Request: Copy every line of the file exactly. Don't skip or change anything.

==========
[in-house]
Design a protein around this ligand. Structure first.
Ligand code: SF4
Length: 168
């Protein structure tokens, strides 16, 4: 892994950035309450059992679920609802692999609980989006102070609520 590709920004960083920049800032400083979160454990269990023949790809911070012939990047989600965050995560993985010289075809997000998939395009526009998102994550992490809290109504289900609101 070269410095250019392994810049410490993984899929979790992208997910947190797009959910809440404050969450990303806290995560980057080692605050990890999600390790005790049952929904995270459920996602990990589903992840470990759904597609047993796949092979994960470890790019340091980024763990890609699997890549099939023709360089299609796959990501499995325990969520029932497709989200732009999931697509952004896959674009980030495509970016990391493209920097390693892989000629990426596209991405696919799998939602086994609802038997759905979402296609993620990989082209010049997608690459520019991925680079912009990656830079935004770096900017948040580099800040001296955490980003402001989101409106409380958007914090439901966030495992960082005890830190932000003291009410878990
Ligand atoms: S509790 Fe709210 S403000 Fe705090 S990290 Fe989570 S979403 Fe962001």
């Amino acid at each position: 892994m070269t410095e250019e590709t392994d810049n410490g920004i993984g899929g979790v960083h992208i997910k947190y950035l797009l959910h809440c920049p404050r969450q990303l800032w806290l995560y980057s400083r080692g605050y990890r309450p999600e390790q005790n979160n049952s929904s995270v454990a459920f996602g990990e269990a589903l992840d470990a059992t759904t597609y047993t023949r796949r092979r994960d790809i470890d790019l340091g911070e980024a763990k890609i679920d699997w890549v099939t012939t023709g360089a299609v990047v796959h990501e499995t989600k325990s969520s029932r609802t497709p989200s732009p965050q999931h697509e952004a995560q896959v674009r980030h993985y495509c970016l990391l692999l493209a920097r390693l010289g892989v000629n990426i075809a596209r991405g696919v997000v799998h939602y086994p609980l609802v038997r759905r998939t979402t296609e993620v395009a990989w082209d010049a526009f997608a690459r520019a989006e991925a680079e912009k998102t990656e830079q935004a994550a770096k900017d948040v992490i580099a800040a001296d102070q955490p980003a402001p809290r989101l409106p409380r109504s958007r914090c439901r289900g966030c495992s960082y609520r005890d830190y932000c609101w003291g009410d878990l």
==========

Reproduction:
[in-house]
Design a protein around this ligand. Structure first.
Ligand code: SF4
Length: 168
């Protein structure tokens, strides 16, 4: 892994950035309450059992679920609802692999609980989006102070609520 590709920004960083920049800032400083979160454990269990023949790809911070012939990047989600965050995560993985010289075809997000998939395009526009998102994550992490809290109504289900609101 070269410095250019392994810049410490993984899929979790992208997910947190797009959910809440404050969450990303806290995560980057080692605050990890999600390790005790049952929904995270459920996602990990589903992840470990759904597609047993796949092979994960470890790019340091980024763990890609699997890549099939023709360089299609796959990501499995325990969520029932497709989200732009999931697509952004896959674009980030495509970016990391493209920097390693892989000629990426596209991405696919799998939602086994609802038997759905979402296609993620990989082209010049997608690459520019991925680079912009990656830079935004770096900017948040580099800040001296955490980003402001989101409106409380958007914090439901966030495992960082005890830190932000003291009410878990
Ligand atoms: S509790 Fe709210 S403000 Fe705090 S990290 Fe989570 S979403 Fe962001």
């Amino acid at each position: 892994m070269t410095e250019e590709t392994d810049n410490g920004i993984g899929g979790v960083h992208i997910k947190y950035l797009l959910h809440c920049p404050r969450q990303l800032w806290l995560y980057s400083r080692g605050y990890r309450p999600e390790q005790n979160n049952s929904s995270v454990a459920f996602g990990e269990a589903l992840d470990a059992t759904t597609y047993t023949r796949r092979r994960d790809i470890d790019l340091g911070e980024a763990k890609i679920d699997w890549v099939t012939t023709g360089a299609v990047v796959h990501e499995t989600k325990s969520s029932r609802t497709p989200s732009p965050q999931h697509e952004a995560q896959v674009r980030h993985y495509c970016l990391l692999l493209a920097r390693l010289g892989v000629n990426i075809a596209r991405g696919v997000v799998h939602y086994p609980l609802v038997r759905r998939t979402t296609e993620v395009a990989w082209d010049a526009f997608a690459r520019a989006e991925a680079e912009k998102t990656e830079q935004a994550a770096k900017d948040v992490i580099a800040a001296d102070q955490p980003a402001p809290r989101l409106p409380r109504s958007r914090c439901r289900g966030c495992s960082y609520r005890d830190y932000c609101w003291g009410d878990l």